- If you have suffered injuries, then be sure to see someone in the medical field. This will ensure that your injuries are documented for a later date. The medical report will also indicate what the prognosis is and how long you would be you it will take for you to recover. This kind of information may determine how much compensation you will receive.
When you are ready to begin your ice or snow accident claim then you should seek legal advice. A professional service such as Accident Claims will be able to simplify the process for you. Beginning a legal claim can feel very daunting but our experienced team can take away much of that pressure.
Accident Claims offer a free no-obligation consultation which allows you to ask questions and enables us to find out more about the details of your case. Should you be happy to proceed then we can begin the compensation claim on your behalf. If the solicitor we provide feels that they don’t have enough documented medical evidence, then they may ask you to attend another medical appointment with a healthcare professional. Please do not be alarmed, you will not be charged for this and it is simply to help build evidence for your case. If you have any concerns, you will be very welcome to ask further questions during your initial consultation.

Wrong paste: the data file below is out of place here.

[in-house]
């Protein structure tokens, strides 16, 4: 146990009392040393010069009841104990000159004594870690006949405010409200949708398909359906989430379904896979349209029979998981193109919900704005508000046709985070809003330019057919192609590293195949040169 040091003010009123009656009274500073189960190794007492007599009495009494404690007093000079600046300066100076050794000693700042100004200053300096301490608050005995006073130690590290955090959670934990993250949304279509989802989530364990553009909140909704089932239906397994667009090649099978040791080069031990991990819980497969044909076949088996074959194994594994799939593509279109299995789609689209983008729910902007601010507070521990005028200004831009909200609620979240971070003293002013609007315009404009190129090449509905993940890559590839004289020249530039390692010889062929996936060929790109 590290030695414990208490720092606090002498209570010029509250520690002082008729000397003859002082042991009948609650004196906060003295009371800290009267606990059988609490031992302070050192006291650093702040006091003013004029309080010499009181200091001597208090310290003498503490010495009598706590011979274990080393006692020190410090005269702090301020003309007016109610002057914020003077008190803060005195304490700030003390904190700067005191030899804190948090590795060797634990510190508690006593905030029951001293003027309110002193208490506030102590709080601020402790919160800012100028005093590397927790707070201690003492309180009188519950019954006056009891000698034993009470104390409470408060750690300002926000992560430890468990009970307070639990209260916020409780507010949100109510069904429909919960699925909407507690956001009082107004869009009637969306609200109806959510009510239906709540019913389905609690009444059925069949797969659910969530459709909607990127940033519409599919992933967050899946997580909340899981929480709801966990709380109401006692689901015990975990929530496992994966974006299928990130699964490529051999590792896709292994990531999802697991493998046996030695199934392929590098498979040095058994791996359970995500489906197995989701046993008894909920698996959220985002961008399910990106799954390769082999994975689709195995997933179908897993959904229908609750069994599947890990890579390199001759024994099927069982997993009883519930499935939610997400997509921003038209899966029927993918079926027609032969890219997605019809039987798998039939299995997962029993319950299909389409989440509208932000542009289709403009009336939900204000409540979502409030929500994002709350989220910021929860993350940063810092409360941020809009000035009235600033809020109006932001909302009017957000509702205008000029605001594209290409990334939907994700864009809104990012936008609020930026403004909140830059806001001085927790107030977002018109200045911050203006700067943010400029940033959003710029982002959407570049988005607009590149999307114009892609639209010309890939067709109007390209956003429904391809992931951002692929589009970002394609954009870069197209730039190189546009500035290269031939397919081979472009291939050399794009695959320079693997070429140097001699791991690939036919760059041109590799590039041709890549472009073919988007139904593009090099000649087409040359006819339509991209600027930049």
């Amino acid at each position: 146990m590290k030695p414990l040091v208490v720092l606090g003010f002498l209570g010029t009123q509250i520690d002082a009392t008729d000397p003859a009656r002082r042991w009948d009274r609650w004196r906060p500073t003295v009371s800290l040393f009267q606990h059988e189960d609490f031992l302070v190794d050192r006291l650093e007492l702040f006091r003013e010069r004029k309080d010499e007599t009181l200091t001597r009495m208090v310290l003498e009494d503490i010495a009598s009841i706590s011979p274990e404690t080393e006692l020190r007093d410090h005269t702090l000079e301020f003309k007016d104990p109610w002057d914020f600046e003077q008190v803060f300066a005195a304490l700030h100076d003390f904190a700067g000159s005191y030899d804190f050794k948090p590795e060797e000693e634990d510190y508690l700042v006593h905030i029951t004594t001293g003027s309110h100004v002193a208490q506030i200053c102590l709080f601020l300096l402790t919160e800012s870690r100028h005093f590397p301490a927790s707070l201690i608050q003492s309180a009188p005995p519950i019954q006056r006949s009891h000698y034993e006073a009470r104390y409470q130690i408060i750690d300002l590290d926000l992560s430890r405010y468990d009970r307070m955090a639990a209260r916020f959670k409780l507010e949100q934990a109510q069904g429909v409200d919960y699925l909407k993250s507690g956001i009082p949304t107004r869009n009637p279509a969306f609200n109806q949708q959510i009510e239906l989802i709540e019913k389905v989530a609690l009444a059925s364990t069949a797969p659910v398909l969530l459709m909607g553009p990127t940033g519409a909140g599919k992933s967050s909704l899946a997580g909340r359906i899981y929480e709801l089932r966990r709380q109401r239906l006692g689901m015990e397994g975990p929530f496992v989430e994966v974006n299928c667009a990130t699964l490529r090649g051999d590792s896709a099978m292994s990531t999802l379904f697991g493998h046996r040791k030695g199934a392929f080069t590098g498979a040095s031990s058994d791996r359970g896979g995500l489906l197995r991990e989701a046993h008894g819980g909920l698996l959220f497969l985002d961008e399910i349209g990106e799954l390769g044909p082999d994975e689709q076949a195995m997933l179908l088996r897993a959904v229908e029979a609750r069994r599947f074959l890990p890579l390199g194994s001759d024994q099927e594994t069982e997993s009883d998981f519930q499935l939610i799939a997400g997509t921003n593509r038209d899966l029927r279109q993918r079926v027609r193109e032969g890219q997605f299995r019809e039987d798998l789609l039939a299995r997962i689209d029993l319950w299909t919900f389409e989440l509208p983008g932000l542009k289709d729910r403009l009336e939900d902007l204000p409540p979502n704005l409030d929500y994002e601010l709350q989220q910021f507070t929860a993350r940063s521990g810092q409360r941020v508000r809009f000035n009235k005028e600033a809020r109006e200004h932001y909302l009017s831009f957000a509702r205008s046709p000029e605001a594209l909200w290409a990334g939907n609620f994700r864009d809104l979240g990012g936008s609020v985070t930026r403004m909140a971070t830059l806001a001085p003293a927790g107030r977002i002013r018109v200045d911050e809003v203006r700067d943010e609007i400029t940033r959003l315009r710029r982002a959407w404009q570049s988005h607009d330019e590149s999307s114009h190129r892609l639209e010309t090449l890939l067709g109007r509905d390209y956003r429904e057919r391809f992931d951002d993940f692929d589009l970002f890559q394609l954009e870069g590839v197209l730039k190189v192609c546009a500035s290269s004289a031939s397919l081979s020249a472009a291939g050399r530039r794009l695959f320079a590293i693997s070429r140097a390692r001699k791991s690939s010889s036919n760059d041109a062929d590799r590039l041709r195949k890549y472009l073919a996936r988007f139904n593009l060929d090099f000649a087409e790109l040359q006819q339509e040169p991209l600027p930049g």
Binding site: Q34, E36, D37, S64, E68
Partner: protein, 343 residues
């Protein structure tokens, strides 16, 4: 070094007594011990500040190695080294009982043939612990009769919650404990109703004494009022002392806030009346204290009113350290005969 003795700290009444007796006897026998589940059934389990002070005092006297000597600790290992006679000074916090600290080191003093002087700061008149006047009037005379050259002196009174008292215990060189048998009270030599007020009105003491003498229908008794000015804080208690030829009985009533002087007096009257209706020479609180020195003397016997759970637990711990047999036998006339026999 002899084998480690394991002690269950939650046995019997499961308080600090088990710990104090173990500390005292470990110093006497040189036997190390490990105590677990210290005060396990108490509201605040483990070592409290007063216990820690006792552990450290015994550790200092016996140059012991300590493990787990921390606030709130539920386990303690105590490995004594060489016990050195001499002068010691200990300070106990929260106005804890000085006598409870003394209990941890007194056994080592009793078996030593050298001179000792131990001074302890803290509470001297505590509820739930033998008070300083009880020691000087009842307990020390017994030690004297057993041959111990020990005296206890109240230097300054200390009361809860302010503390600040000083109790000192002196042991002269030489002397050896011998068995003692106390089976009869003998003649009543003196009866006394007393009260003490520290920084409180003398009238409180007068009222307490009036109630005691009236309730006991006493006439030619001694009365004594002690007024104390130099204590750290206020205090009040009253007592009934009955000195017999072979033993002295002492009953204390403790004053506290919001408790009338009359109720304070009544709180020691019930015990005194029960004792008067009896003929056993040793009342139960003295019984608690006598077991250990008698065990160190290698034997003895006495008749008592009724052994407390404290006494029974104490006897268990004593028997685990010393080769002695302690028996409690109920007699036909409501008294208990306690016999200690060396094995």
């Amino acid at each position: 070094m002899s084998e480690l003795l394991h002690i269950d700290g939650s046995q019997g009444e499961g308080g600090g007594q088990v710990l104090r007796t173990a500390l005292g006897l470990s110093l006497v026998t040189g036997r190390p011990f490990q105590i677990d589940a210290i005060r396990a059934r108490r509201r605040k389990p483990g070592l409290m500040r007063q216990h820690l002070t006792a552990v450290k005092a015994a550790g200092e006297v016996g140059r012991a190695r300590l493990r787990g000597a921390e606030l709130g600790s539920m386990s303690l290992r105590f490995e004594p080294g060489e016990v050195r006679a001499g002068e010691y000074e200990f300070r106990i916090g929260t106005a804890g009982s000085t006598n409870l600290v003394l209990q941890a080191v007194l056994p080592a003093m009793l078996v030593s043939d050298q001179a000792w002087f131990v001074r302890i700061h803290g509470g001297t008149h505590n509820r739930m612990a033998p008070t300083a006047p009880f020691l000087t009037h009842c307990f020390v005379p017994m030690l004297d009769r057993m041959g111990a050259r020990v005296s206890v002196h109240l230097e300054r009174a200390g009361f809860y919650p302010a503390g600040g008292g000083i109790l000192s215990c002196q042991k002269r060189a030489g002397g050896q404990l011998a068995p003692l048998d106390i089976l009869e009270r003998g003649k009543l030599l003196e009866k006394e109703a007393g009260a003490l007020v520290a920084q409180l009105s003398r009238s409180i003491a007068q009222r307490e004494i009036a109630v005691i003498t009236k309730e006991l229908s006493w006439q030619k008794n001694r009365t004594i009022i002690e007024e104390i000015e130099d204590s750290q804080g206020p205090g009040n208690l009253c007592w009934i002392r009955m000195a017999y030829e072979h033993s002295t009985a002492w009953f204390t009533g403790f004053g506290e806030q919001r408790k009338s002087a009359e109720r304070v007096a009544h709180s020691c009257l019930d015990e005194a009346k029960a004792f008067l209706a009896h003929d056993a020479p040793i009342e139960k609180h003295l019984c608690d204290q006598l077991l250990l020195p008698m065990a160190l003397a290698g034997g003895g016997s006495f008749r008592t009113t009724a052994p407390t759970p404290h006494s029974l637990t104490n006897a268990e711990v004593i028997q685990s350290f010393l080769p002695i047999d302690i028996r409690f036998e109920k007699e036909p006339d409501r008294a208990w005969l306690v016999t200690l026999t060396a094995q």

The aforementioned solicitors operate with no win, no fee agreements so there will be no financial burden to you for making an ice or snow accident claim.No one will ask you to pay for any legal bills at all until you have successfully received your payout.
Within this section of the guide, we are going to take a look at some relevant statistics in relation to snow accident claims. Treacherous driving conditions have an effect on car accident statistics. Whilst accidents are more likely to happen due to icy conditions and reduced visibility, drivers tend to behave differently and drive more carefully if the conditions are hazardous. The slower speeds and increased cautiousness reduce the chance of accidents occurring, and if accidents do happen then the consequences are usually less severe due to the reduced speeds and greater awareness of the driver.
It is also true that when conditions are very snowy or icy, people tend to avoid driving unless absolutely necessary and so there are fewer vehicles on the road. People who may usually travel by bicycle or motorbike will usually swap to safer modes of transport.
Essentially whilst bad weather puts drivers at greater risk of having a road traffic accident on ice, the flip side of this is that fewer journeys take place and drivers proceed with more caution. Bad weather can therefore decrease the occurrence of accidents altogether as the risk of car accidents due to adverse weather conditions is outweighed by the fact that drivers adapt the way that they drive.